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Film review: Brad Bird adds wit to 'Mission: Impossible'

December 23, 2011|By Andy Klein
  • Paula Patton plays Jane and Tom Cruise plays Ethan Hunt in "Mission Impossible --- Ghost Protocol." (Photo courtesy of Paramount Pictures and Skydance Productions)
Paula Patton plays Jane and Tom Cruise plays Ethan Hunt…

“Mission: Impossible — Ghost Protocol” gallops into theaters almost exactly on schedule — its predecessors came out in 1996, 2000 and 2006 — and (more importantly) just in time to rescue Tom Cruise's flagging box-office numbers. Outside of his funny, if bizarre, guest spot in “Tropic Thunder,” his films since the last entry (“Lions for Lambs,” “Valkyrie” and the underrated “Knight and Day”) have all underperformed. The utterly enjoyable “M:I — GP” should fix all that.

Cruise has hired different directors for each “M:I” feature, from veteran Brian de Palma to transcendent transplant John Woo to TV prodigy J.J. Abrams, who had never before directed a feature. This time he has hired someone who has never even directed live-action before — animator Brad Bird (“The Incredibles,” “Ratatouille”). Daring ... and entirely worth it.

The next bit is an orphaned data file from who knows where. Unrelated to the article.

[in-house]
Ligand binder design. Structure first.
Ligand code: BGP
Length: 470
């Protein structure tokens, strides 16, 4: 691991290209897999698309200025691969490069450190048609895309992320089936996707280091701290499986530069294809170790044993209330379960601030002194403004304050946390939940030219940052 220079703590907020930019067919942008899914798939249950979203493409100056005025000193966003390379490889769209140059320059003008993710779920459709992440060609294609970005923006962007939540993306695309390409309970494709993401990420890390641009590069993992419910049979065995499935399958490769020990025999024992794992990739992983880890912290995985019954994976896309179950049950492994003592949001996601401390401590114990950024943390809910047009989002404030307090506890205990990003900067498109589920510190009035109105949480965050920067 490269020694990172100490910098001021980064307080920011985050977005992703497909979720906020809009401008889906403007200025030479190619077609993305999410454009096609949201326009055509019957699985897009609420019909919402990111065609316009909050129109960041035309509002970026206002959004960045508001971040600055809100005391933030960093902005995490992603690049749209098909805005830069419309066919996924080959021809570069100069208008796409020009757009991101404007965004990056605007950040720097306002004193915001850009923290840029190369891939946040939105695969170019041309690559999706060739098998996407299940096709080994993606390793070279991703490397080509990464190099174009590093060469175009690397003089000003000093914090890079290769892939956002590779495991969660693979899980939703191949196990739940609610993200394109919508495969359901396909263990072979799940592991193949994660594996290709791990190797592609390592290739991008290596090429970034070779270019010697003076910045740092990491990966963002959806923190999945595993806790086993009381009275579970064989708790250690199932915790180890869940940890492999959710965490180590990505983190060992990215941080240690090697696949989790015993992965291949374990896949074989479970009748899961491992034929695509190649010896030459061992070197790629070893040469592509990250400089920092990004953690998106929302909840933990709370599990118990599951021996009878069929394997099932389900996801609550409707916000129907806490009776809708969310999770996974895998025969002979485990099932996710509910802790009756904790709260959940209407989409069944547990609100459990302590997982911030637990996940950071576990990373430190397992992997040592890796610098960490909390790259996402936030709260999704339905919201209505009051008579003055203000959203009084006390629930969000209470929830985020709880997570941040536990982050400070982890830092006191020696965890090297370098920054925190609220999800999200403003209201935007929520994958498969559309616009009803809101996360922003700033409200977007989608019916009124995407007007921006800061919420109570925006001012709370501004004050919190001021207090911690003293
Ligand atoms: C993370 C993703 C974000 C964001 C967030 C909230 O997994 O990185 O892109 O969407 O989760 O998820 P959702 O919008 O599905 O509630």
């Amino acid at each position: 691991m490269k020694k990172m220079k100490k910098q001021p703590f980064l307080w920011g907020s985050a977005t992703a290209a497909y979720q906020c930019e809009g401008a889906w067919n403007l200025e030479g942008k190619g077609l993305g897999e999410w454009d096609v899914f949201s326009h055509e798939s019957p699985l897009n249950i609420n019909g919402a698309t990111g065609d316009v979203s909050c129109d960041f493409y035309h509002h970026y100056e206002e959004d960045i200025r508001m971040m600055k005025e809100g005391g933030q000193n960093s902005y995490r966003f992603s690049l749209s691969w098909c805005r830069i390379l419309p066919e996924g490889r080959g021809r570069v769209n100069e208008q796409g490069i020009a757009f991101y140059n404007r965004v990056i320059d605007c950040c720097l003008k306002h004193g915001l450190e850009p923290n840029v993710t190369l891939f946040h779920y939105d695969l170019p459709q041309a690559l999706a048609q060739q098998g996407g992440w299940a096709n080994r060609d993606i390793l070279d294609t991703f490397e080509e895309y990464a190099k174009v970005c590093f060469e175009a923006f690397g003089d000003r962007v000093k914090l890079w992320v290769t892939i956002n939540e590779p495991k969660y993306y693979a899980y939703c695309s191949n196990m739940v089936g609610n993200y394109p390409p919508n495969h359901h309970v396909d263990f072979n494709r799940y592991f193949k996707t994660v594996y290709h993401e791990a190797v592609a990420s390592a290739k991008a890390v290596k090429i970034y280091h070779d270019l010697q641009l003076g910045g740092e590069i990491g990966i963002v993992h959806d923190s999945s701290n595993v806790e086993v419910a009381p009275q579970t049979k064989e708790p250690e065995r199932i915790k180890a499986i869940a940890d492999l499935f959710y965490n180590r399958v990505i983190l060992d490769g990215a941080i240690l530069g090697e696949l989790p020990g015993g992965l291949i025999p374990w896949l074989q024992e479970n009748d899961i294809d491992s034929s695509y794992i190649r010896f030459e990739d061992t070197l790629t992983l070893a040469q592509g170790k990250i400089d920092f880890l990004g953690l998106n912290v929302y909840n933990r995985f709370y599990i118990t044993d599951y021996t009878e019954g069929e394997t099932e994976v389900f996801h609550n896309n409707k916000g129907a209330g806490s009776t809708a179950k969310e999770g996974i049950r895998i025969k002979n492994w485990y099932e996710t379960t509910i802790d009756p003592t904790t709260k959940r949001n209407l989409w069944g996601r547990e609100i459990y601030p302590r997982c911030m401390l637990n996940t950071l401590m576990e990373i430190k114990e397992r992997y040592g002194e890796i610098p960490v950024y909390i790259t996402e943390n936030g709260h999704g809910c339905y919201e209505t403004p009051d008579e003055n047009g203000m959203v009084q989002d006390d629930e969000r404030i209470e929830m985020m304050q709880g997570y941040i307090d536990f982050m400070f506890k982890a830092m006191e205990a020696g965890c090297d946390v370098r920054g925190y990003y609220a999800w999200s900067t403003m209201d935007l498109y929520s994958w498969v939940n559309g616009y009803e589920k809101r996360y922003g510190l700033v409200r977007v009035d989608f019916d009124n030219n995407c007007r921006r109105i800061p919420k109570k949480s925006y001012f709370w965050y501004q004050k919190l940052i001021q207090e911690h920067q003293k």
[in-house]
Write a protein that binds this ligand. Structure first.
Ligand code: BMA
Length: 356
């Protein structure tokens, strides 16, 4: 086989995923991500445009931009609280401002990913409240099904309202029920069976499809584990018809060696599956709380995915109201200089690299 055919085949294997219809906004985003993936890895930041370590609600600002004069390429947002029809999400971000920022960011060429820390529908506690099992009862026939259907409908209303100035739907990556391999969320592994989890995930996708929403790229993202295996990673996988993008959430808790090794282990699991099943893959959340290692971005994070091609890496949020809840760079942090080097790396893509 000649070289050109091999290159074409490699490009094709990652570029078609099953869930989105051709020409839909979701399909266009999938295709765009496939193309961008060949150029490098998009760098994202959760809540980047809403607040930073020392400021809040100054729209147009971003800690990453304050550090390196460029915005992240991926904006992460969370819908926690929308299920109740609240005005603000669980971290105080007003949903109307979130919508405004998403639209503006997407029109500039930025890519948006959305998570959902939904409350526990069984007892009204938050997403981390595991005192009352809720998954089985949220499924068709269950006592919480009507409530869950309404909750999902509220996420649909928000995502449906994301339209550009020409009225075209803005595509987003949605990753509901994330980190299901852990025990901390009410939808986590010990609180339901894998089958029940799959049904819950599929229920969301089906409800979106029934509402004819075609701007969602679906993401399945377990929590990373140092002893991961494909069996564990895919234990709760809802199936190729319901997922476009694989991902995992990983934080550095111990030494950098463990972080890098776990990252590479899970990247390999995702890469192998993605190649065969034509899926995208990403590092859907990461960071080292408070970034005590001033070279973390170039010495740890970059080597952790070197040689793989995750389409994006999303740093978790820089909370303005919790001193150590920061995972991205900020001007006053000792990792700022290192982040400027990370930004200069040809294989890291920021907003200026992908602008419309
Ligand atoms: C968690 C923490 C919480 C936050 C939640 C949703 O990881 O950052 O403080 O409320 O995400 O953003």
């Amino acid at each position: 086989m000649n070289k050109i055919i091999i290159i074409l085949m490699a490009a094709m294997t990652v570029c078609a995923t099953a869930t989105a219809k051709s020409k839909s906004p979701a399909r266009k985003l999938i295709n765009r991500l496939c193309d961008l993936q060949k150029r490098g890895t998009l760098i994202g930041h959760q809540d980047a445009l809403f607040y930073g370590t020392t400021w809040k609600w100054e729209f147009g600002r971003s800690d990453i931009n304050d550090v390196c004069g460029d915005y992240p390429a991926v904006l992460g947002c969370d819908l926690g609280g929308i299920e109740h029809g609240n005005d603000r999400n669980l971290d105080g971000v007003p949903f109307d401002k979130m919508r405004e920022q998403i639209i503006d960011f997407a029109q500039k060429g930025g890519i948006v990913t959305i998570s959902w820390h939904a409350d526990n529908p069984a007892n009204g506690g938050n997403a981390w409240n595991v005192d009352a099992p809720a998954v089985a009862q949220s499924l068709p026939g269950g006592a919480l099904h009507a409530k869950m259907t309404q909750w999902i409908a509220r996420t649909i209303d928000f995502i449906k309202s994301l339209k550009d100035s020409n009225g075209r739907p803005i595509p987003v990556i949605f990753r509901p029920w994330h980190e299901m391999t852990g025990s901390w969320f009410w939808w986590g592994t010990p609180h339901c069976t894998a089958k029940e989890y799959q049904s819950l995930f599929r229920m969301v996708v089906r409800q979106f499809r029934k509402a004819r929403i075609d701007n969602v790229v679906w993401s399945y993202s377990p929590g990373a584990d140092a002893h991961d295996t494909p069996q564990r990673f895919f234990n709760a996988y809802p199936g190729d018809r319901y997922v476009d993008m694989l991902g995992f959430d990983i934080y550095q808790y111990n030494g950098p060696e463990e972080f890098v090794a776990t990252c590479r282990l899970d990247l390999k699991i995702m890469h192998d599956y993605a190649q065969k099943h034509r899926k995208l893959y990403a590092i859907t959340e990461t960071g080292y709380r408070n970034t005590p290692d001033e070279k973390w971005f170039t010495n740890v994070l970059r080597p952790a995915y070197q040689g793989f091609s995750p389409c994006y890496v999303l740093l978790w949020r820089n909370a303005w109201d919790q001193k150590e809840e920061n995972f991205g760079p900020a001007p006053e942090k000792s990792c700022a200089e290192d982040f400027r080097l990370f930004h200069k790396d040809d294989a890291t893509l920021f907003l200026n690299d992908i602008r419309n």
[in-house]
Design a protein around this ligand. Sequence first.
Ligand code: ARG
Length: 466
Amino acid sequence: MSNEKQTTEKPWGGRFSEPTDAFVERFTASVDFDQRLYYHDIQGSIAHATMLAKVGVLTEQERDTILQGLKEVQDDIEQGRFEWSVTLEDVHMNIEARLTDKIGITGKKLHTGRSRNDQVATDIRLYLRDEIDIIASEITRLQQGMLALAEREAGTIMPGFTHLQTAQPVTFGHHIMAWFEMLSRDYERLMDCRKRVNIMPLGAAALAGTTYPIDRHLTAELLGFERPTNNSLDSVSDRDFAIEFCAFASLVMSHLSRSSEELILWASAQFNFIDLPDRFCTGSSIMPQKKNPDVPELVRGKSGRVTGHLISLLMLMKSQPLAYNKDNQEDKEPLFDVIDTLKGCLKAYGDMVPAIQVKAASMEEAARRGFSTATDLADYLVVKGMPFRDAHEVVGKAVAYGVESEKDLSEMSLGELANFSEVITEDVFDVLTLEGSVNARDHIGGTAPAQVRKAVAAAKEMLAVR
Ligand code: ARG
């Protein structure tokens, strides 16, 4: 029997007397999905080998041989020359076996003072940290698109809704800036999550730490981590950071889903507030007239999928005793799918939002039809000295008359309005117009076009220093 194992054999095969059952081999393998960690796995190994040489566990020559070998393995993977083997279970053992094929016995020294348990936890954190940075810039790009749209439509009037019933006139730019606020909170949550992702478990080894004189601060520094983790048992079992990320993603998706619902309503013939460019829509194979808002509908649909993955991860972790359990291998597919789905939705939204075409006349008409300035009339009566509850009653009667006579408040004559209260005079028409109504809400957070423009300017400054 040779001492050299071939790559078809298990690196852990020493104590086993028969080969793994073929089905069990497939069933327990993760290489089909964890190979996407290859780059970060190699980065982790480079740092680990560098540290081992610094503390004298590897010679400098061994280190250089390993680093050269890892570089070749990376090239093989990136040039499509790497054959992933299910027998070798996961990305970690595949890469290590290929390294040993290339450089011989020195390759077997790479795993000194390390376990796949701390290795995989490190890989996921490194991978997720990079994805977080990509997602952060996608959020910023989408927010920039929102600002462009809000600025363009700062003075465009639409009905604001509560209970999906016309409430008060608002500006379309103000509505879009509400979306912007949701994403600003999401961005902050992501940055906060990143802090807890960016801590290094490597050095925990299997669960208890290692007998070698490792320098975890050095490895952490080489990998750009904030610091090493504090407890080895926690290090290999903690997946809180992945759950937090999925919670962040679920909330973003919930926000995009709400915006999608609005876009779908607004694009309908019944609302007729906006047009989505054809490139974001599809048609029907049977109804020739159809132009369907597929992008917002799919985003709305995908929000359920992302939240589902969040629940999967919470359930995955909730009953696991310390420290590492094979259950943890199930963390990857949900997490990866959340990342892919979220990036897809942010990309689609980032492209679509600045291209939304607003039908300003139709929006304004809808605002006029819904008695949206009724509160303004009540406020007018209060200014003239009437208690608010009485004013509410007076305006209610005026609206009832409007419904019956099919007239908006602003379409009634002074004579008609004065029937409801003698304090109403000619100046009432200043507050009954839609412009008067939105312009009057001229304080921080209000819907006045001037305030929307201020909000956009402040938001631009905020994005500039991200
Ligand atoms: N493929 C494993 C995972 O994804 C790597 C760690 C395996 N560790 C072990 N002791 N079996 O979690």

“M:I — GP” opens in Budapest, where another IMF agent (Josh Holloway, who played Sawyer in “Lost”) is trying to steal a briefcase full of MacGuffins (nuclear launch codes, if it makes any difference). Things go awry, and the other members of the team — Jane (Paula Patton) and Benji (Simon Pegg) — are instructed to round up Ethan (Cruise) to take over. The problem is: Ethan is doing hard time in a Moscow prison (for reasons we only learn about later).

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They spring him, and in no time — I mean, really, it's the same day — he masterminds a scheme to break into the Kremlin and steal ... um ... actually I can't remember what they're stealing ... . Launch codes? A personnel file? The Hope Diamond? It doesn't make any difference — that's how MacGuffins work — because all we care about it that the gizmos they use are so cool. On the high-tech side, there's a more or less feasible invisibility shield. (I've seen it demonstrated on NatGeo.) On the medium-tech side, there's a teeny periscope camera attached to an iPad (or maybe it's Android-platform, who cares?) for seeing around corners.

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